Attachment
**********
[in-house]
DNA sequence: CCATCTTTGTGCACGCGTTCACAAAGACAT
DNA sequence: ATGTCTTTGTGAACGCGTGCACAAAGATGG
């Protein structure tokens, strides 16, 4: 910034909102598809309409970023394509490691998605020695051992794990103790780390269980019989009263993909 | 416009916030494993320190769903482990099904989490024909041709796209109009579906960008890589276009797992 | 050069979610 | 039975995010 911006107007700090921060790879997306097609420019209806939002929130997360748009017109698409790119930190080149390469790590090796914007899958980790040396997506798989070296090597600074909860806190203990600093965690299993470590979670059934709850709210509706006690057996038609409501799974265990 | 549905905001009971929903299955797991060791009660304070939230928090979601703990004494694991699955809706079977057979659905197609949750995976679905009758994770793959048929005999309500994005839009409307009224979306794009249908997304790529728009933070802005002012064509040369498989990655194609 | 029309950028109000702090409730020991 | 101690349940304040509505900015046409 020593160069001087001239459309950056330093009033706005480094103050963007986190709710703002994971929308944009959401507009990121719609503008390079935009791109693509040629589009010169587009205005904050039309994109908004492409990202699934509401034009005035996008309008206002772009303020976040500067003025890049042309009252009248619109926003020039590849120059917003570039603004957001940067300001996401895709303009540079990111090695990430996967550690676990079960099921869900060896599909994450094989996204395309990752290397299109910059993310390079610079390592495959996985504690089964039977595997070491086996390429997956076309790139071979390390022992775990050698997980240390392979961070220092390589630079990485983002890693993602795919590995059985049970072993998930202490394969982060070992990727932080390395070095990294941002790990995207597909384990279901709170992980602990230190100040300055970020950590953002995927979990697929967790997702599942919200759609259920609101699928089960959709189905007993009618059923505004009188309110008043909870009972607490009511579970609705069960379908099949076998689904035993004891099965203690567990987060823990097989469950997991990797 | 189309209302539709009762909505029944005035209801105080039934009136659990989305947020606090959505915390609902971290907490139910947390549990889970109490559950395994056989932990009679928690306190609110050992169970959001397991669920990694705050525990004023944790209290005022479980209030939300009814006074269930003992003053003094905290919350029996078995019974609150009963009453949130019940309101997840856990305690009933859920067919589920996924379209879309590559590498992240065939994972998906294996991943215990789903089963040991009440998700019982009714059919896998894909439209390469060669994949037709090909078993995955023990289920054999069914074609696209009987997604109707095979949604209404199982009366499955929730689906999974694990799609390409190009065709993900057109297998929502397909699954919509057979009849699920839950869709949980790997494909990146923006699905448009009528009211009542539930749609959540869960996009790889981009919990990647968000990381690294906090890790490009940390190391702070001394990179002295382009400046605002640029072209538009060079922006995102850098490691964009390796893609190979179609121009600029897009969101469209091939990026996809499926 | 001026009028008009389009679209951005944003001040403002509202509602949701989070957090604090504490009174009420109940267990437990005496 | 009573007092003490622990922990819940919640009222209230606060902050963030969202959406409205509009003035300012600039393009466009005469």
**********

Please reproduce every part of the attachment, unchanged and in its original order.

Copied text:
[in-house]
DNA sequence: CCATCTTTGTGCACGCGTTCACAAAGACAT
DNA sequence: ATGTCTTTGTGAACGCGTGCACAAAGATGG
């Protein structure tokens, strides 16, 4: 910034909102598809309409970023394509490691998605020695051992794990103790780390269980019989009263993909 | 416009916030494993320190769903482990099904989490024909041709796209109009579906960008890589276009797992 | 050069979610 | 039975995010 911006107007700090921060790879997306097609420019209806939002929130997360748009017109698409790119930190080149390469790590090796914007899958980790040396997506798989070296090597600074909860806190203990600093965690299993470590979670059934709850709210509706006690057996038609409501799974265990 | 549905905001009971929903299955797991060791009660304070939230928090979601703990004494694991699955809706079977057979659905197609949750995976679905009758994770793959048929005999309500994005839009409307009224979306794009249908997304790529728009933070802005002012064509040369498989990655194609 | 029309950028109000702090409730020991 | 101690349940304040509505900015046409 020593160069001087001239459309950056330093009033706005480094103050963007986190709710703002994971929308944009959401507009990121719609503008390079935009791109693509040629589009010169587009205005904050039309994109908004492409990202699934509401034009005035996008309008206002772009303020976040500067003025890049042309009252009248619109926003020039590849120059917003570039603004957001940067300001996401895709303009540079990111090695990430996967550690676990079960099921869900060896599909994450094989996204395309990752290397299109910059993310390079610079390592495959996985504690089964039977595997070491086996390429997956076309790139071979390390022992775990050698997980240390392979961070220092390589630079990485983002890693993602795919590995059985049970072993998930202490394969982060070992990727932080390395070095990294941002790990995207597909384990279901709170992980602990230190100040300055970020950590953002995927979990697929967790997702599942919200759609259920609101699928089960959709189905007993009618059923505004009188309110008043909870009972607490009511579970609705069960379908099949076998689904035993004891099965203690567990987060823990097989469950997991990797 | 189309209302539709009762909505029944005035209801105080039934009136659990989305947020606090959505915390609902971290907490139910947390549990889970109490559950395994056989932990009679928690306190609110050992169970959001397991669920990694705050525990004023944790209290005022479980209030939300009814006074269930003992003053003094905290919350029996078995019974609150009963009453949130019940309101997840856990305690009933859920067919589920996924379209879309590559590498992240065939994972998906294996991943215990789903089963040991009440998700019982009714059919896998894909439209390469060669994949037709090909078993995955023990289920054999069914074609696209009987997604109707095979949604209404199982009366499955929730689906999974694990799609390409190009065709993900057109297998929502397909699954919509057979009849699920839950869709949980790997494909990146923006699905448009009528009211009542539930749609959540869960996009790889981009919990990647968000990381690294906090890790490009940390190391702070001394990179002295382009400046605002640029072209538009060079922006995102850098490691964009390796893609190979179609121009600029897009969101469209091939990026996809499926 | 001026009028008009389009679209951005944003001040403002509202509602949701989070957090604090504490009174009420109940267990437990005496 | 009573007092003490622990922990819940919640009222209230606060902050963030969202959406409205509009003035300012600039393009466009005469």